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Emergency Veterinary Care in Fresno, CA

A VETERINARY EMERGENCY AND CRITICAL CARE SOCIETY (VECCS) LEVEL 1 CERTIFIED FACILITY

If you believe your pet is having a medical emergency, call us at (559) 451-0800 or bring them to our hospital immediately.

What is an emergency:

We believe that you know your pet best. If at anytime you are concerned about your pets’ health or they are acting out of the ordinary, this is considered a reason to seek medical attention. As a general rule, the ailments below need to be seen by a veterinarian immediately:

  • Bloated Abdomen

  • Difficulty with labor

  • Hit by Car

  • Gun shot

  • Bite wounds from another animal

  • Ingestion of a toxin

  • Ingestion of a non-prescribed human medication

  • Ingestion of a larger than advised dose of a prescribed medication for your pet

  • Seizure activity

  • Over heating

  • Excessive panting

  • Excessive urination

  • Excessive drinking

  • Lameness

  • Inability to bear weight on a limb

  • Not walking

  • Vomiting and diarrhea

  • Swollen face or hives

  • Envenomation

This is by no means a complete list. If you believe your pet has been poisoned, please contact your regular veterinarian immediately or us after-hours. Remember to bring the packaging of the toxic substance your pet got into. Veterinarians need this packaging to know how to appropriately treat your pet. It’s also advised to contact ASPCA Poison Control.

Cat laying on a rug

Emergency Services

Fresno Veterinary Specialty and Emergency Center provides emergency and critical care services 24-hours a day, seven days a week, 365 days a year. Our highly trained veterinarians and capable technical staff are available for transfers and referrals from you primary care veterinarian, as well as walk-ins.

For the safety of all hospital patients, all dogs and cats must be leashed, crated or carried at all times. Retractable leashes must be locked at all times.

All patients are triaged when you arrive at our facility, similar to that of a human emergency room. Patients who are stable may need to wait to be seen while critical patients are stabilized.

What You Should Do if Your Pet Is Having an Emergency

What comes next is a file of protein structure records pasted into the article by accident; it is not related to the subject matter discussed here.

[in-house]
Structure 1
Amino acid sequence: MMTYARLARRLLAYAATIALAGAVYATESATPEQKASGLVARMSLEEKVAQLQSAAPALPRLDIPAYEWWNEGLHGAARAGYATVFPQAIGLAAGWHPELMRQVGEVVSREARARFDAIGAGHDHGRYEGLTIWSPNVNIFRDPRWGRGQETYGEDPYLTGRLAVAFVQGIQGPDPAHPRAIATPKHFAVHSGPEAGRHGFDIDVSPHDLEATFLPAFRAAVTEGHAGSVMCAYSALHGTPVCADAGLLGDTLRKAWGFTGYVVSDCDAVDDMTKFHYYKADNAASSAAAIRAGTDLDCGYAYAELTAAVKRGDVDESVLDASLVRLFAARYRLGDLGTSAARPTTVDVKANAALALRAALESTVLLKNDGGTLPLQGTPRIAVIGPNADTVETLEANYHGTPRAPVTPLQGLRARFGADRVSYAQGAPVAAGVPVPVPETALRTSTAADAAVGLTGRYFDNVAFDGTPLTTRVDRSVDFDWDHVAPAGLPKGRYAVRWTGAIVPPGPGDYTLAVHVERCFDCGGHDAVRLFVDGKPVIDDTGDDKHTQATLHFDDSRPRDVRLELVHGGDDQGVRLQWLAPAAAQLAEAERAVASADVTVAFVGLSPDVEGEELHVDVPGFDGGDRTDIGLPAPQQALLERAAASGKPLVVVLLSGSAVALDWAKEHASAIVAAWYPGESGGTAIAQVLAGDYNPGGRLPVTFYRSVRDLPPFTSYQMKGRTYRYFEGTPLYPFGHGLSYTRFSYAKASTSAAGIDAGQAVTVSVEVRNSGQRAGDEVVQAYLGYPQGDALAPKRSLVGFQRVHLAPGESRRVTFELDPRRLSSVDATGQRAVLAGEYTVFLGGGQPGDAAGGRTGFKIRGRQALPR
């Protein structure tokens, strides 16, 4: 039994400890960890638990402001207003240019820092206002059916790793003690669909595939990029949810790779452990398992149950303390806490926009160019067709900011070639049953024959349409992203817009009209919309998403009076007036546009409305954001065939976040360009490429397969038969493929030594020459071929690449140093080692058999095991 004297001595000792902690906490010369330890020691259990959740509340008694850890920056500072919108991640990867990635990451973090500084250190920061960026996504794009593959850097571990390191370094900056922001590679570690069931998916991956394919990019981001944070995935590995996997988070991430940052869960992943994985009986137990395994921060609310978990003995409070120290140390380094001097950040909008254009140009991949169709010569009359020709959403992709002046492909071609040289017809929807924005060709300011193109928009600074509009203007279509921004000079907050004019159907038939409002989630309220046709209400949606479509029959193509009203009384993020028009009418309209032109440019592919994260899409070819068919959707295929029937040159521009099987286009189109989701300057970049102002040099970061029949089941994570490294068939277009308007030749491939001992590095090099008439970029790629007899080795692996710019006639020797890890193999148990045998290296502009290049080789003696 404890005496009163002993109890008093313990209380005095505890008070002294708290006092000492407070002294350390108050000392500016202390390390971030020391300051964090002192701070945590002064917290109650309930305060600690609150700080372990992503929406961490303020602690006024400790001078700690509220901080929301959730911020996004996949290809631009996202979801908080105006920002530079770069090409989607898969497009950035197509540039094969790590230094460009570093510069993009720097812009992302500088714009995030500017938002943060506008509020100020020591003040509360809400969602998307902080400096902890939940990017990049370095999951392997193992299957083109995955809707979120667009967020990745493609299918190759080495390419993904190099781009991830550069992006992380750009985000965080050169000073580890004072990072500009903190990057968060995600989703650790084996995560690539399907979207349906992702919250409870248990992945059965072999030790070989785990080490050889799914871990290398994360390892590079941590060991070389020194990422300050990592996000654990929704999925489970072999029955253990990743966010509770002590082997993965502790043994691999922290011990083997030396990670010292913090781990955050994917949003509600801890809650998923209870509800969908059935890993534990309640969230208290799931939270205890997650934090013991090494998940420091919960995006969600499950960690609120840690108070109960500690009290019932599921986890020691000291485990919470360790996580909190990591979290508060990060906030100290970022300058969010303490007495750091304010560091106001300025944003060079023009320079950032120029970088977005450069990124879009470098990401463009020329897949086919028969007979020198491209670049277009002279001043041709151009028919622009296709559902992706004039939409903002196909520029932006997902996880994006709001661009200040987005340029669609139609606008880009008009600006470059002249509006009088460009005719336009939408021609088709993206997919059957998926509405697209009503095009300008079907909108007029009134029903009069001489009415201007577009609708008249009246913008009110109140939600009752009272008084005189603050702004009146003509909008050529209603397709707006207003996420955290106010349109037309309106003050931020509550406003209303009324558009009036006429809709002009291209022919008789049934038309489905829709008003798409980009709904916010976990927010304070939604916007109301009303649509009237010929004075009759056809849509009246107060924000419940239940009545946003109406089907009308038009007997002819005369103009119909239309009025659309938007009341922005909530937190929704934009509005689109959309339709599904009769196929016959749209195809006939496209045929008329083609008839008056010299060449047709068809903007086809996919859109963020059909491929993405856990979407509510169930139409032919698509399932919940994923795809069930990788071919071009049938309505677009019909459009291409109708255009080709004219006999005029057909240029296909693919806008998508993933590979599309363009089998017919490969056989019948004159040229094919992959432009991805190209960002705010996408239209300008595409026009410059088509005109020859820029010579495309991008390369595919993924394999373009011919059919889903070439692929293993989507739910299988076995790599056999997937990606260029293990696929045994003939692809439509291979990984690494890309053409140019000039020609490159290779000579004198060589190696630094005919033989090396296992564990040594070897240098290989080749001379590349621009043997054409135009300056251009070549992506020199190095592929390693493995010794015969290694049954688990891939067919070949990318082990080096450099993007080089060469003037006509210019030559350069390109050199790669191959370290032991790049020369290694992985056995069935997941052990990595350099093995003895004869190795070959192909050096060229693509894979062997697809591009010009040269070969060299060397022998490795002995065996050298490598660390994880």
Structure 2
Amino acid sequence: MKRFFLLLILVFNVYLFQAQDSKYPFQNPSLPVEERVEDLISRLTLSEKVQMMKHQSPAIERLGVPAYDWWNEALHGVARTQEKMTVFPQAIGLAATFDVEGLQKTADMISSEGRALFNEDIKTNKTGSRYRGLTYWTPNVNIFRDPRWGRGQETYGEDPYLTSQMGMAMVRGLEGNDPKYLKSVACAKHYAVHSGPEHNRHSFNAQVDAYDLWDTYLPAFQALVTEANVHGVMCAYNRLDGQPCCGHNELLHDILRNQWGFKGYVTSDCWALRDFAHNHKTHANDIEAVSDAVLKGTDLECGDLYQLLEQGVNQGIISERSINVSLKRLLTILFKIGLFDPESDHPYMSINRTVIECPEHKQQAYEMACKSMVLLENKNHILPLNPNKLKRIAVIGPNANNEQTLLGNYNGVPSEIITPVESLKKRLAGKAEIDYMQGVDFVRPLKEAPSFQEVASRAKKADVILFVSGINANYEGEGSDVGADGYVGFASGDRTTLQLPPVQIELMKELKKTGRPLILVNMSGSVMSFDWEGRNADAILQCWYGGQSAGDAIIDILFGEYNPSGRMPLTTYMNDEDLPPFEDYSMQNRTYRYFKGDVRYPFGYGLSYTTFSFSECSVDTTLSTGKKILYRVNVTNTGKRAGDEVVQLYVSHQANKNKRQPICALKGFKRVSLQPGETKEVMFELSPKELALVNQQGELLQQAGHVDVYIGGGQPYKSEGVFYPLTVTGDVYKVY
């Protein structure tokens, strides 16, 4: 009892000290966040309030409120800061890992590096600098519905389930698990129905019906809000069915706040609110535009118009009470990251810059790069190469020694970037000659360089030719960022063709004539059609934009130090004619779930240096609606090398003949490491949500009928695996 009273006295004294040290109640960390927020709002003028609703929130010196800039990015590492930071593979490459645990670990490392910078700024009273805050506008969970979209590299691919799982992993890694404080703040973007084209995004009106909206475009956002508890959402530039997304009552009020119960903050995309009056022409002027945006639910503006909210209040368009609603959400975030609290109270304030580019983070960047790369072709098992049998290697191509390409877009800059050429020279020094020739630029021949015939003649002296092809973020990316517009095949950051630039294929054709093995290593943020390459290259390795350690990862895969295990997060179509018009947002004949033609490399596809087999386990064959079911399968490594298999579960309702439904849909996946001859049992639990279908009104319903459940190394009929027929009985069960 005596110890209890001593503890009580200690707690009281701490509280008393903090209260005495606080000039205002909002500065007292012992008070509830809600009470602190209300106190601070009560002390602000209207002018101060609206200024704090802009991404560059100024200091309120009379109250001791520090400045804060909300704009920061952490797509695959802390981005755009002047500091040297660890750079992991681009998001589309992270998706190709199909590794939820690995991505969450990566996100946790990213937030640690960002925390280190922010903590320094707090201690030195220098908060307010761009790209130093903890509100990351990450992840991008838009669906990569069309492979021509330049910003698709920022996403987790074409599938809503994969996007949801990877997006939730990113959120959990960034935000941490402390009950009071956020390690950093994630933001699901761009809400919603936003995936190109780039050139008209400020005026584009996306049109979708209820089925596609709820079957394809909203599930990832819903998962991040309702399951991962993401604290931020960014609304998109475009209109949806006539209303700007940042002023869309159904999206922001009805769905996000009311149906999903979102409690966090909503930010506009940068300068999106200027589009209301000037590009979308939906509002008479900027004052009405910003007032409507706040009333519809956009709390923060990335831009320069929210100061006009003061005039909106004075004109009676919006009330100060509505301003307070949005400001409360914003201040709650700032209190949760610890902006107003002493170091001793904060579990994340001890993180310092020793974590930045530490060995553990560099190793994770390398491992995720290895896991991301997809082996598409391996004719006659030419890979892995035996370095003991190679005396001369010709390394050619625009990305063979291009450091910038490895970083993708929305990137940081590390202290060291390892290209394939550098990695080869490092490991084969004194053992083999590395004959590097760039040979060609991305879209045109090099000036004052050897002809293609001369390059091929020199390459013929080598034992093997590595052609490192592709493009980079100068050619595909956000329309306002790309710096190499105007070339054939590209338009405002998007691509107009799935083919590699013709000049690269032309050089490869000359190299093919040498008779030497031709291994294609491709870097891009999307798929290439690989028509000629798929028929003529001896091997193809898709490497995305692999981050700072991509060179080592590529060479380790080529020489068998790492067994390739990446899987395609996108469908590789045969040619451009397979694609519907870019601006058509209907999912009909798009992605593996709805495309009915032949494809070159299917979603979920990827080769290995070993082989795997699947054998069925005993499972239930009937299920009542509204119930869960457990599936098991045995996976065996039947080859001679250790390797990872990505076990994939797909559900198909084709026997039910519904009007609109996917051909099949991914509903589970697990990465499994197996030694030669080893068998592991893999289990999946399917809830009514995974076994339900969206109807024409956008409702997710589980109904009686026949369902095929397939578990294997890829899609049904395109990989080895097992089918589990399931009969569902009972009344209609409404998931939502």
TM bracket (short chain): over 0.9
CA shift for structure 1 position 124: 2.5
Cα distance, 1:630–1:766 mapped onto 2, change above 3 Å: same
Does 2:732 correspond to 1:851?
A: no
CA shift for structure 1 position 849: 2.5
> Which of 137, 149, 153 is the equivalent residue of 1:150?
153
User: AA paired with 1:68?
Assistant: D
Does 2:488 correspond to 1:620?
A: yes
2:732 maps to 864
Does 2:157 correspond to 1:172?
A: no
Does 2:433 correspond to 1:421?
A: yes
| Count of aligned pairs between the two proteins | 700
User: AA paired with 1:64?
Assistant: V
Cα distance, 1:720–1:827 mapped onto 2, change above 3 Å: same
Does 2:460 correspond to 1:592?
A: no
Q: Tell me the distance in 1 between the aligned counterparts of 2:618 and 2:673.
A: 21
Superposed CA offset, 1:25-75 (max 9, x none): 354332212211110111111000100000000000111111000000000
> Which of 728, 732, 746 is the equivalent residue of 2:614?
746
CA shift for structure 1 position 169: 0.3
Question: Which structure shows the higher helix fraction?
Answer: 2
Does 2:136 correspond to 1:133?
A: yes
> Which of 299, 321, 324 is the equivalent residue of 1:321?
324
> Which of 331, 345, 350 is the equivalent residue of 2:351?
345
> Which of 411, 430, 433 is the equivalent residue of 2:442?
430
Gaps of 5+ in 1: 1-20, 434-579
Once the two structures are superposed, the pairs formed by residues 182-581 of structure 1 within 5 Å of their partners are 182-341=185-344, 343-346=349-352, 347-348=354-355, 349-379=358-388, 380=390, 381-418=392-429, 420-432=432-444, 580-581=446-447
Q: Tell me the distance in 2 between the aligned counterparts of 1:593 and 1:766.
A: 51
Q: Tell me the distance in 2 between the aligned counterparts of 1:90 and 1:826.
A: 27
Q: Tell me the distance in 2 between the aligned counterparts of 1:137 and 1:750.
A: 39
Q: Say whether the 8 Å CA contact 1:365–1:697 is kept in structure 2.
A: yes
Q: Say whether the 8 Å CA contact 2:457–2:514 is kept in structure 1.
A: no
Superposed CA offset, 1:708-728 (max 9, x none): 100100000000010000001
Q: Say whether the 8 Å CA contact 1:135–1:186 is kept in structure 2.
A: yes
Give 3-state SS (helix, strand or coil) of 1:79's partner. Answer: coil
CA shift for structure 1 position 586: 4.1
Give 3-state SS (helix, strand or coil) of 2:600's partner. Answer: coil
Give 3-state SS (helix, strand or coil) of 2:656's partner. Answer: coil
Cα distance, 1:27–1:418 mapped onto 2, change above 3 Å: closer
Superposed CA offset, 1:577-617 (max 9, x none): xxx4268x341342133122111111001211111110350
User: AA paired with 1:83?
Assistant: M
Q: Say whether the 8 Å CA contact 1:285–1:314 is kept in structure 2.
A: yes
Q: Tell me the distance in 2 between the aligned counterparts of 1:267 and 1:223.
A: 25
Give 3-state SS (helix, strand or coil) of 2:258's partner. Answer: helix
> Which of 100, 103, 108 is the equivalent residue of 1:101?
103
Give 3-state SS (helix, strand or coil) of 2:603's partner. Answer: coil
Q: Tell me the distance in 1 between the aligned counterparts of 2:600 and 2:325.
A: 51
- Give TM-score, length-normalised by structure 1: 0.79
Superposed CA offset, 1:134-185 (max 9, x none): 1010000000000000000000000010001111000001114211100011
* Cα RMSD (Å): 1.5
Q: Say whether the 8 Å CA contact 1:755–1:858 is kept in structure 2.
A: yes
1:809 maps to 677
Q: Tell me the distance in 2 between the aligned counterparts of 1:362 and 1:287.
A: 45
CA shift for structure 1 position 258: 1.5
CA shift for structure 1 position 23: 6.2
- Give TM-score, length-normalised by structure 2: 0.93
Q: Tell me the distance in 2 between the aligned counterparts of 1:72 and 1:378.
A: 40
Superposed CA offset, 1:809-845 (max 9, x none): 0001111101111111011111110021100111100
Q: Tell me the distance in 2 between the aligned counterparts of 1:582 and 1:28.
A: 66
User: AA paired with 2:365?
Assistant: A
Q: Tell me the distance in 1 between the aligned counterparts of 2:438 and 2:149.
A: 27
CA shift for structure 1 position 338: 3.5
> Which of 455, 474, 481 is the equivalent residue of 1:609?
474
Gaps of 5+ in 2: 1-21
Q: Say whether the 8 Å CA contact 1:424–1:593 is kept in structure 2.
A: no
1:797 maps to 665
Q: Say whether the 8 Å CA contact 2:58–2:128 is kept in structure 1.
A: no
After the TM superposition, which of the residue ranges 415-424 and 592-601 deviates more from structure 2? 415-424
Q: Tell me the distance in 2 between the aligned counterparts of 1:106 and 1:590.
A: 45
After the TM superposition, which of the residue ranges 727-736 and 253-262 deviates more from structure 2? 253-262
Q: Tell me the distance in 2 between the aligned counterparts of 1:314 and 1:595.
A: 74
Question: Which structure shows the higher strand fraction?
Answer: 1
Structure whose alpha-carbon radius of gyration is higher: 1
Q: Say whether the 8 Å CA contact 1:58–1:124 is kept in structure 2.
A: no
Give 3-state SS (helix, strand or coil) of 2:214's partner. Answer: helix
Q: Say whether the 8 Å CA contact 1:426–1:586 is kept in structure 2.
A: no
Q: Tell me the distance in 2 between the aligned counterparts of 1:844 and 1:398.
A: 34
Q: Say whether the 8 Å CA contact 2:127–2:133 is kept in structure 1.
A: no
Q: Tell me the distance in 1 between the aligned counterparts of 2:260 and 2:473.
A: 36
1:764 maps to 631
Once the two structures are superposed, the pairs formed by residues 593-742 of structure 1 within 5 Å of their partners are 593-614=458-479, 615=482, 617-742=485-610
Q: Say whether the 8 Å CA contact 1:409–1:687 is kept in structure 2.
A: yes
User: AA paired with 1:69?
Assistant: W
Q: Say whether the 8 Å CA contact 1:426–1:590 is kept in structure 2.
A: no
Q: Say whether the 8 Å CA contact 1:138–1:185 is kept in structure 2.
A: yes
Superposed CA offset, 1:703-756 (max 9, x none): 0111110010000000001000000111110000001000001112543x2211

If you think your pet is having a medical emergency, it’s important to remain calm so that you can get your pet medical attention as swiftly and safely as possible. Moving confidently, calmly, and quickly while following the steps below can keep your pet from feeling stressed and scared while getting them the care they need in a timely manner.

  1. Move your pet to safety

    If your pet is in a dangerous location, such as in the road or close to a venomous snake, carefully move them away from danger.

  2. Contact our hospital

    Assess your pet’s symptoms and call us at (559) 451-0800. Briefly explaining your pet’s situation to our expert veterinary staff allows us to prepare to immediately care for your pet. You can provide more in depth details once you arrive at our office.

  3. Put your pet in your vehicle

    Moving an animal that is undergoing a medical emergency can be tricky -we recommend it be done as a two-person job. Loosely draping a soft cloth over your pet’s eyes can help calm them down if they are aggressive or panicking due to pain or fear. Towels can make a good makeshift stretcher and allow you to more easily move your pet comfortably and safely.

  4. Drive your pet quickly and carefully to our hospital and follow our veterinary staff’s instruction upon arrival.

Not all situations constitute a veterinary emergency. The information above can help you determine the severity of your pet’s health issue as well as the appropriate action you should take. When in doubt, bring your pet to our hospital even if you’re not able to fully assess the situation beforehand. We are happy to assist you both over the phone and in person, 24/7.

VECCS logo

VECCS Level 1 Emergency and Critical Care Facility

We are ecstatic to announce Fresno Veterinary Specialty and Emergency Center has been certified by VECCS (Veterinary Emergency and Critical Care Society) as a Level 1 Emergency and Critical Care Center.  We are the first and only in the Central Valley, and the fourth in the nation to receive this certification.  Without the support of the client community and veterinary community, this designation would not have been possible.

VECCS has identified a Level I facility as such:  “A Level I emergency and critical care facility is a 24 hour acute care facility with the resources and specialty training necessary to provide sophisticated emergent and critical patient care. This facility is open to receive small animal emergency patients 24 hours a day, 7 days a week, 365 days a year.  The level I facility must have a Diplomate of the American College of Veterinary Emergency and Critical Care employed full time and available for consultation either on-site or by phone 24/7.” 

For more information in regards to the certification requirements for a Level I facility, please refer to the VECCS website at www.veccs.org under the Facility Certification link.

Our Emergency Veterinarians

George White, DVM, DACVECC

George White, DVM, DACVECC

Emergency and Critical Care

Katherine Burt, DVM holding a small dog.

Katherine Burt, DVM

Resident, Emergency and Critical Care

Kevin Lazarcheff, DVM performing an ultrasound.

Kevin Lazarcheff, DVM

Emergency and Critical Care

George White, DVM, DACVECC

George White, DVM, DACVECC

Emergency and Critical Care

Katherine Burt, DVM holding a small dog.

Katherine Burt, DVM

Resident, Emergency and Critical Care

Kevin Lazarcheff, DVM performing an ultrasound.

Kevin Lazarcheff, DVM

Emergency and Critical Care